3. Pyramid schemes

Follow this formula with several people and they will all send you money after you send money to me and other more complex variations of this.  You get money if enough of the people you send the message to end up sending money and also participating.  Eventually, the system runs out and someone loses.  Other times you participate in a service that requires little but promises much.  What you actually get, if anything, is far different from what is promised because the only ones that make out of the deal are those who first started.  When it is time for you to get paid, there is nothing left in the pot.

4. Stolen Goods Mule

Similar to the money mule but goods are transferred instead of money.  These services typically offer themselves as a shipping consultant and your job will be to receive packages and then ship them to another location.  Criminals purchase goods using stolen credit cards and then sell the items on eBay.  You receive the stolen goods and sent the merchandise off.  Unfortunately, when the fraudulent charges are noticed, the address they shipped to is the one the police will go to.

5. Spear Phishing

Spear phishing messages provide you with a link to what appears to be the site, and they ask you to log in or to update your password.  Spear phishing messages are crafted to appear to come from some service that is legitimate but they are just copies or fakes.

6. Whale Phishing

Whale Phishing is a specific attack against an individual with wealth or access to valuable assets or information.

Awareness of such attacks is increasing, but the mere fact that the average user still receives so much spam means that it must be paying off for someone.  Don’t be the one who gets burned.  Educate your employees on the risks.

Tips:

There are steps that can be taken to safeguard yourself against potential malfeasance.  First, always pay attention to the website you are visiting.  Frequently, phishers will set up a mirror site that looks exactly like the site you want to see.  Always be skeptical and go to the website directly rather than clicking on any link provided in an email.  Be wary of hyperlinks within emails and remember that banks will not ask for personal information via email.  Installing anti-spam software from a reputable source will significantly diminish your vulnerability to attack.  Finally, if something phishy does occur to any one of your accounts, change your password and secret questions.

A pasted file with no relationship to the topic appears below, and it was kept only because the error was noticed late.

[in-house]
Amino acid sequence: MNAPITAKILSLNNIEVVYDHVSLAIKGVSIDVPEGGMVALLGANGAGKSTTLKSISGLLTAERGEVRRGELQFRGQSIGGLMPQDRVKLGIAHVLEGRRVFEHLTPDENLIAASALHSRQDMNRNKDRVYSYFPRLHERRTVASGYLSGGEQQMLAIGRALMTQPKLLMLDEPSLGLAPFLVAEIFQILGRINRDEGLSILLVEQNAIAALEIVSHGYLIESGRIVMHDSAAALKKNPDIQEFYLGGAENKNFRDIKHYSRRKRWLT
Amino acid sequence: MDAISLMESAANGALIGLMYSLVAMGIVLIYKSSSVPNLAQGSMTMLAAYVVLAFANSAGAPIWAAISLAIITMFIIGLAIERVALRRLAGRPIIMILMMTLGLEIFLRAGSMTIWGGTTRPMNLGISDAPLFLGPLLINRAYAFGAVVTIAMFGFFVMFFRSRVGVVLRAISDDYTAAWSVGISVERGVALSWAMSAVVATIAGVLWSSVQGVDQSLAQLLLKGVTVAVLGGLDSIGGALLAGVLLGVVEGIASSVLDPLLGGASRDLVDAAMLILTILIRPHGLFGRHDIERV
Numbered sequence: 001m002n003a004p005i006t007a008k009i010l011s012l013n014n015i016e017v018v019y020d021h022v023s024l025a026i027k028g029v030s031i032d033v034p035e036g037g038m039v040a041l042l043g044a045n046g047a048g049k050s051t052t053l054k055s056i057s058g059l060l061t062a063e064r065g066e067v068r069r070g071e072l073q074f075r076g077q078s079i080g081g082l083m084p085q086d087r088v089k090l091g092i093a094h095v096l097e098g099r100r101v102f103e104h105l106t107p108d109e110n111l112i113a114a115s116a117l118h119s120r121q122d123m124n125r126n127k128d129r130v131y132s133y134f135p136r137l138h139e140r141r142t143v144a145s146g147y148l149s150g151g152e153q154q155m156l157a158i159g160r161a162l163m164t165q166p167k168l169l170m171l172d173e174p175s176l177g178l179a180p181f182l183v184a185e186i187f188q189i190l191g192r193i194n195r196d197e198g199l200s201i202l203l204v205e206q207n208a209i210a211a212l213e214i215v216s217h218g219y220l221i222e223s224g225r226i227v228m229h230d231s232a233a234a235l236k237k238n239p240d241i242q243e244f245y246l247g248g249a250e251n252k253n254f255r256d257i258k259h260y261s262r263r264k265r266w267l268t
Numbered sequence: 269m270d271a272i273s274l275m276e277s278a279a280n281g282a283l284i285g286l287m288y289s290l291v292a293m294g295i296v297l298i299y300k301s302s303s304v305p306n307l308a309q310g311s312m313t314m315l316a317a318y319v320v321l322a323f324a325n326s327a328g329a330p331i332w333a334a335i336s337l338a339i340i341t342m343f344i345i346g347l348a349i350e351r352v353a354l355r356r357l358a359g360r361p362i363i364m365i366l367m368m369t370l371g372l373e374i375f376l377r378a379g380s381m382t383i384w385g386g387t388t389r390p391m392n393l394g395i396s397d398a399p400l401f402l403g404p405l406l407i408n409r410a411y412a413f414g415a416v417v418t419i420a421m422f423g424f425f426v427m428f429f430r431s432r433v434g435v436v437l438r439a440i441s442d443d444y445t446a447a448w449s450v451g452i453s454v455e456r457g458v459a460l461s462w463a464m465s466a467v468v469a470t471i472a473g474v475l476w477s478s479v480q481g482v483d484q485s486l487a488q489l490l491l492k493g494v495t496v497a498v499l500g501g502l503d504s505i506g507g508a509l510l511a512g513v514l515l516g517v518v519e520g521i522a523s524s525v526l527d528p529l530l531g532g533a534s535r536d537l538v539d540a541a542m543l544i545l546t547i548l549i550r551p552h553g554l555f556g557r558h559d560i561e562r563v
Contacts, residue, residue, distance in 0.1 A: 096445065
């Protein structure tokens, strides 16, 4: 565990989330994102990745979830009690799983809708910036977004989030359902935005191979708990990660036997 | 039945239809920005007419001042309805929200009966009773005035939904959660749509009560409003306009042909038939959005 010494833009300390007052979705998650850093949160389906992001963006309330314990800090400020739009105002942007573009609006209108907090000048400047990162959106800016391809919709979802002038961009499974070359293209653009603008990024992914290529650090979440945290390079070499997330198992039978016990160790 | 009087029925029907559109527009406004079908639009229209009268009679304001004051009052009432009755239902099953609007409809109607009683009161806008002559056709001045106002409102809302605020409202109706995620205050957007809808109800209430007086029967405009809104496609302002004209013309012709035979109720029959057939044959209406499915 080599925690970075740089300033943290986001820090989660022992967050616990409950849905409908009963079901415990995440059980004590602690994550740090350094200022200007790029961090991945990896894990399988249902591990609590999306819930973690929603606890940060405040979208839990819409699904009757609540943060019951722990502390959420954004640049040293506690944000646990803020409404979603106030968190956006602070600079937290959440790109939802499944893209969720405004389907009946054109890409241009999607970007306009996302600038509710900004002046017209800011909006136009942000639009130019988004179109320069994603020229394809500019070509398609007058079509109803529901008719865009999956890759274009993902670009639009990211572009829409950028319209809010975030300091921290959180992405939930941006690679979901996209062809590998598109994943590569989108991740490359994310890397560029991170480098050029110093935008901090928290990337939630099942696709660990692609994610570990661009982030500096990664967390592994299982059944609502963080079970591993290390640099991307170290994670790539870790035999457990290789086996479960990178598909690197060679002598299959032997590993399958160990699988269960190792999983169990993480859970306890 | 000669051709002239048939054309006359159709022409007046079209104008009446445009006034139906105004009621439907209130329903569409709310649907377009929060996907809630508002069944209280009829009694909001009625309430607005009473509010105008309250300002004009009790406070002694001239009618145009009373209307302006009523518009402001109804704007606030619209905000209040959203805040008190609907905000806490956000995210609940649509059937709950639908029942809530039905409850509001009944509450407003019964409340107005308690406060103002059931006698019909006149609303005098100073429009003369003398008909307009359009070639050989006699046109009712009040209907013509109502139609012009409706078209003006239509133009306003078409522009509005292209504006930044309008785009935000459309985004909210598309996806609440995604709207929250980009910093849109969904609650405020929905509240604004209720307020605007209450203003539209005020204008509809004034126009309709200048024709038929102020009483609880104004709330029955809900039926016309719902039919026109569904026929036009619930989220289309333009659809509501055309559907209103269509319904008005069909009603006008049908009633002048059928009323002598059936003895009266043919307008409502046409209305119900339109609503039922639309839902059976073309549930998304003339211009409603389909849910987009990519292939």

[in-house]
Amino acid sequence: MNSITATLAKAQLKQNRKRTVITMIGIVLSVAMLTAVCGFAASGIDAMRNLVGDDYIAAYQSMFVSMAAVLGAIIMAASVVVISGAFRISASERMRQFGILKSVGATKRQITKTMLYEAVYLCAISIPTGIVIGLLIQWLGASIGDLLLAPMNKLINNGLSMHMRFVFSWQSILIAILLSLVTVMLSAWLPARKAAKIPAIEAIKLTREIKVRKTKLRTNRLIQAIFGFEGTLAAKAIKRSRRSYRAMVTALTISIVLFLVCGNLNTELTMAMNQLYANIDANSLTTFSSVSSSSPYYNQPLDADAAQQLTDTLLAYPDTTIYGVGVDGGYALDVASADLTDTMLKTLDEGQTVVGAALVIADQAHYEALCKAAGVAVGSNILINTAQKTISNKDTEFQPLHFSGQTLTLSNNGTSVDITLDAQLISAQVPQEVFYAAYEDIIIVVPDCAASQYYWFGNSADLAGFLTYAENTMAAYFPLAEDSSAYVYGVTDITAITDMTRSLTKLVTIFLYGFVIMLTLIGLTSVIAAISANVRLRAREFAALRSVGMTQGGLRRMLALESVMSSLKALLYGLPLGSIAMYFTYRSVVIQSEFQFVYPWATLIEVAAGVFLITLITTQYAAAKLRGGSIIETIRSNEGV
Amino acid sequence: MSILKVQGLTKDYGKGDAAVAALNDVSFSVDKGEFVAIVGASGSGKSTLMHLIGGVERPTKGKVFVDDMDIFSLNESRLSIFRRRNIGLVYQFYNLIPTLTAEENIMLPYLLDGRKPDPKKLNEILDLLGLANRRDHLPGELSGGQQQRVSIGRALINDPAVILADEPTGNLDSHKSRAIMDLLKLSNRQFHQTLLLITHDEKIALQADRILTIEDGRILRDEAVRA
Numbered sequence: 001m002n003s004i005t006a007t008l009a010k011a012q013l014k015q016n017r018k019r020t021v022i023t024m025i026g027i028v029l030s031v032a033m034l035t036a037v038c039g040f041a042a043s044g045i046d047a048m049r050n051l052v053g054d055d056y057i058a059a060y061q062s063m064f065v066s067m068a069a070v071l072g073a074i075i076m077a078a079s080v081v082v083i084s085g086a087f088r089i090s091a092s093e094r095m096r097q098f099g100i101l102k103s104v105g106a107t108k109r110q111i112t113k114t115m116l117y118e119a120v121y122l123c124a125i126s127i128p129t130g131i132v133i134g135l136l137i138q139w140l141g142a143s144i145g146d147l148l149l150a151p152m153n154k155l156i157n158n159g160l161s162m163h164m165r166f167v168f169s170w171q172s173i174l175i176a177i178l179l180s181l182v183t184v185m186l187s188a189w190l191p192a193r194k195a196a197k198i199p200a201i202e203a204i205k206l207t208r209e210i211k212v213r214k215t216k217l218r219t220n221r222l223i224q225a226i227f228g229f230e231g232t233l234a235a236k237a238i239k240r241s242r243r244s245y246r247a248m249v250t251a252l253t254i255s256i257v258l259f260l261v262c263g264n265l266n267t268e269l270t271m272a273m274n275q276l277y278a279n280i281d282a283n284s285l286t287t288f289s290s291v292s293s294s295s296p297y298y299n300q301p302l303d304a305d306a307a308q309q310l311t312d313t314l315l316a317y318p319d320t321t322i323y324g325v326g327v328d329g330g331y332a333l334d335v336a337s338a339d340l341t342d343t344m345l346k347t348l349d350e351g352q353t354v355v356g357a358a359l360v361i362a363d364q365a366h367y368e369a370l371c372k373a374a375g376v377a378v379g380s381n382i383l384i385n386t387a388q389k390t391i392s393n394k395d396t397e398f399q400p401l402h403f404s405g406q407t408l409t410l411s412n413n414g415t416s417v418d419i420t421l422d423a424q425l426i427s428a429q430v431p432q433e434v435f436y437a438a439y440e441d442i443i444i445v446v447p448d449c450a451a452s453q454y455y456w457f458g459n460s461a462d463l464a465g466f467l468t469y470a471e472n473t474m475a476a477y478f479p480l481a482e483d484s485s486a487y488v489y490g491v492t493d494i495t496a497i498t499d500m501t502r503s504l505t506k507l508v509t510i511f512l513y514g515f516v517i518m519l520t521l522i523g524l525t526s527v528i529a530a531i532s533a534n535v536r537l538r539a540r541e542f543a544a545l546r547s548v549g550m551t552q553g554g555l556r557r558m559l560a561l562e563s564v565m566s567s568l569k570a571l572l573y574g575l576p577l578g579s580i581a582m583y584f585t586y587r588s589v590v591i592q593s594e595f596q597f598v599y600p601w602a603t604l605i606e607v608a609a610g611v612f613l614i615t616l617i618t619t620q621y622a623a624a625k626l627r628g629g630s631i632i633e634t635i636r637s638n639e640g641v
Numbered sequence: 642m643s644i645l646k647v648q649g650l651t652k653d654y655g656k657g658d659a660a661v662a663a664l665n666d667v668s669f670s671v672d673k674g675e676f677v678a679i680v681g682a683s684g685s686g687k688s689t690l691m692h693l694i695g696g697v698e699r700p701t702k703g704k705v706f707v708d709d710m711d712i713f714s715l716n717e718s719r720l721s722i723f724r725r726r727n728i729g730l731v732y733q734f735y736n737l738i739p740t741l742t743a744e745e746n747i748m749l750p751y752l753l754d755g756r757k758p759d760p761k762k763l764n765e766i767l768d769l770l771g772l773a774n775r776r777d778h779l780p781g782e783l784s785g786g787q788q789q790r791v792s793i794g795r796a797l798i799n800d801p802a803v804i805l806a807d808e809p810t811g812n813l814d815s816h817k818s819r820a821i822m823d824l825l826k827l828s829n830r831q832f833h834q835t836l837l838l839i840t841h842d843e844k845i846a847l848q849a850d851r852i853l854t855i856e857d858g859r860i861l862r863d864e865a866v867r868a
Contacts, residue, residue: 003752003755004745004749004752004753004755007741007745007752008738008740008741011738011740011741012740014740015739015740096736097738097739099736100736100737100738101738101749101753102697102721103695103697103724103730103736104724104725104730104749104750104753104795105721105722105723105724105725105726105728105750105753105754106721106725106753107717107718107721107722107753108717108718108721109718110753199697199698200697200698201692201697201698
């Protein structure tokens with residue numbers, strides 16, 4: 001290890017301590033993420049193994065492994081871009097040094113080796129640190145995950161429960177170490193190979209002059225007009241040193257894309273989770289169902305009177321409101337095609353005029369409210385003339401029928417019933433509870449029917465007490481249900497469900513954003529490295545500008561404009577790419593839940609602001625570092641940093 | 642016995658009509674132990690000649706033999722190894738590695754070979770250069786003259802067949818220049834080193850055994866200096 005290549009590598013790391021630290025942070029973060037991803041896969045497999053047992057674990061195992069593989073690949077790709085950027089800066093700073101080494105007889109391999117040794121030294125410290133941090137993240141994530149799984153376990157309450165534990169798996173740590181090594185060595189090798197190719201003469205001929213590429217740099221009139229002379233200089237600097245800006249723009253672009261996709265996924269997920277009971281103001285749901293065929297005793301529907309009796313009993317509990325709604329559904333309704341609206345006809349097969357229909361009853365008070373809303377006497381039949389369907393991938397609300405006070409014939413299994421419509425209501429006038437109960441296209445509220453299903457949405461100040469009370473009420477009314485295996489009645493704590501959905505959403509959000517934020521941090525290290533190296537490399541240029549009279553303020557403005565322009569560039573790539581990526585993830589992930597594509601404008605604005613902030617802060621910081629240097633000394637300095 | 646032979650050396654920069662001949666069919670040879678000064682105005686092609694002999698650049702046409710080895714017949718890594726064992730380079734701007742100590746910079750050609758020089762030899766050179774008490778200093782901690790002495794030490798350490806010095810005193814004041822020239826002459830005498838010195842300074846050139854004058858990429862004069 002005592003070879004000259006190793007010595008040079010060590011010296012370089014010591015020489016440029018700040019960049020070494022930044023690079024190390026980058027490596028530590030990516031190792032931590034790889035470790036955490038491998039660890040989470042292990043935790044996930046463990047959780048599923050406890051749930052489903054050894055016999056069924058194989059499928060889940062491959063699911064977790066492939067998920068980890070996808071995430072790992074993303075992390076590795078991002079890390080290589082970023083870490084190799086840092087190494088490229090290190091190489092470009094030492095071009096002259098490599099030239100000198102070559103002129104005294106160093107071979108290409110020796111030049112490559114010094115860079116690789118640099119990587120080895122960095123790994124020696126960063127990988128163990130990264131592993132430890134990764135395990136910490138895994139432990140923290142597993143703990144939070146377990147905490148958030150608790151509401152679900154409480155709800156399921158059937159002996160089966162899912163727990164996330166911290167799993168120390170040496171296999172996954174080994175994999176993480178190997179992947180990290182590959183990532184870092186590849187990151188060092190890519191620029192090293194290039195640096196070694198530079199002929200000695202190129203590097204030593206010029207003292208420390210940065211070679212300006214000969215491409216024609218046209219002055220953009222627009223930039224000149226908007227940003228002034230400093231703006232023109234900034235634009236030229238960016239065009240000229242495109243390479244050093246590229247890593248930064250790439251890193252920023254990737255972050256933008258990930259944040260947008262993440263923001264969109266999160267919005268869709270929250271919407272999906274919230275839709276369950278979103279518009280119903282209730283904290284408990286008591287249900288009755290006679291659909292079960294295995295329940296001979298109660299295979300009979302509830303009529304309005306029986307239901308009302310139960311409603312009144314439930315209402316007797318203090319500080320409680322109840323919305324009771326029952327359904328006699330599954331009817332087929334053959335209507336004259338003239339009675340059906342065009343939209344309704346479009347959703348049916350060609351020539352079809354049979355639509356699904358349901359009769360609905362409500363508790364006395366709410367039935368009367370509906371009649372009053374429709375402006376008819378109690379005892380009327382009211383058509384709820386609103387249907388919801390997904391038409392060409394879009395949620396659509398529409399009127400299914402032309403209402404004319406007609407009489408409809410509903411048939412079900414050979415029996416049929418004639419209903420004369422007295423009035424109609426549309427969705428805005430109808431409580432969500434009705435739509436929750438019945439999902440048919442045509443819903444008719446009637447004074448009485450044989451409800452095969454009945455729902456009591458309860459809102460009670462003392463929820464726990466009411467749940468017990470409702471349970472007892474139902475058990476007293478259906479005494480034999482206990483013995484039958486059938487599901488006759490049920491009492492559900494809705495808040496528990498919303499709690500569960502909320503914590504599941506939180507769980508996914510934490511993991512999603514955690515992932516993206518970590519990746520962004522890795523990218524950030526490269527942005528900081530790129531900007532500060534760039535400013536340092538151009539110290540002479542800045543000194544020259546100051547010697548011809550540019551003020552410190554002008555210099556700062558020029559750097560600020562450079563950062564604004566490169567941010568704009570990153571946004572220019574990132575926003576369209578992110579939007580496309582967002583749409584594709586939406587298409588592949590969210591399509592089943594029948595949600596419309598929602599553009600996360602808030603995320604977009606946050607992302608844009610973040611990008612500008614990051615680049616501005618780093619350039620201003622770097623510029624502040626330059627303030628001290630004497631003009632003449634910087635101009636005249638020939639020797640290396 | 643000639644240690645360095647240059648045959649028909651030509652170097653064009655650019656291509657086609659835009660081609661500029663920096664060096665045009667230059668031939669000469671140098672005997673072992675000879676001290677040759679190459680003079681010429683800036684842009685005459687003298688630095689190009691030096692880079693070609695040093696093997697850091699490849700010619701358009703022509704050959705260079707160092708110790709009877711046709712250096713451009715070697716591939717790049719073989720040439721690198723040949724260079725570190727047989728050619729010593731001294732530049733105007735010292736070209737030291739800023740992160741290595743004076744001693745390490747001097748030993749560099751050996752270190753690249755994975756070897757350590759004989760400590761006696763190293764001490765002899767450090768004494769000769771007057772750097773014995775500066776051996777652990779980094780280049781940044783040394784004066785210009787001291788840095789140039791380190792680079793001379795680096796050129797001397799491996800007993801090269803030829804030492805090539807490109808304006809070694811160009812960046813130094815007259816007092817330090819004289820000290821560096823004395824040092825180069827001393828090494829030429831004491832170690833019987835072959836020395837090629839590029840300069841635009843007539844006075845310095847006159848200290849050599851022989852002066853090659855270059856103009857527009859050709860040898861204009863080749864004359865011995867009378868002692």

Scamming happens, that is a simple fact.  Today I looked at multiple ways that a person could get burnt ranging from spear phishing to a money mule.  In any case, the best defense is a proactive one.  Pay attention to your financials, and always protect your personal information.  Be cautious about any offer that seems too good to be true.  Follow these steps and the job of sifting out what is potentially dangerous versus what is benign becomes much easier.

Spelling SPAM filter

Much of the SPAM I get uses misspelled words. This is probably so
that the messages can pass through Bayesian filters because their
words do not accurately match the words on the list. I would like a
filter that marks all messages as SPAM if they go over a set threshold
of spelling mistakes. I do have a few people in my address book who
send me terribly misspelled messages. Maybe this would encourage them
to spell correctly. Anyway, this is not really a hashed out SPAM
filter plan or anything. It is simply something I was thinking about
over lunch.

Down with the SPAM King

Alan Ralsky, the "SPAM King" and one of the largest spammers in the world, was jailed by the Department of Justice last month. The Detroit News said the following:
"Warrants unsealed last week revealed that agents
in September seized computers, laptops, financial records and disks
from the 8,000-square-foot home of Alan M. Ralsky. The $750,000 West
Bloomfield mini-mansion was built off profits from the 100 million
electronic offers for everything from Botox to mortgages that Ralsky
sends every day."  
Reference

It is rumored that he will rat out many other spammers and hackers as well. 80% of the SPAM you receive is sent from large spammers such as Alan Ralsky. Alan Ralsky has been spamming since 1997. Ralsky sent out millions of messages per year and also hosted many other spammers. He began using dial-up accounts and then moved to setting up dummy ISPs. He bought his own IP space from ARIN and spammed using an address from his address space until many complaints would cause him to switch to a new address in the space. Later, he moved his operations to China to attempt to avoid US authorities. He hosted websites on the same dial-up connections he
used to send SPAM. He then used an auto-updating DNS server to point
to a new IP address whenever one of the DUN’s cut him off.
Ralsky also hosted quite a bit of the spammed website
content on servers in the US, He used a VPN connection to route the
traffic from the Chinese IP’s back to his systems in the US.

Here is an interview about it with the hacker "Memehacker".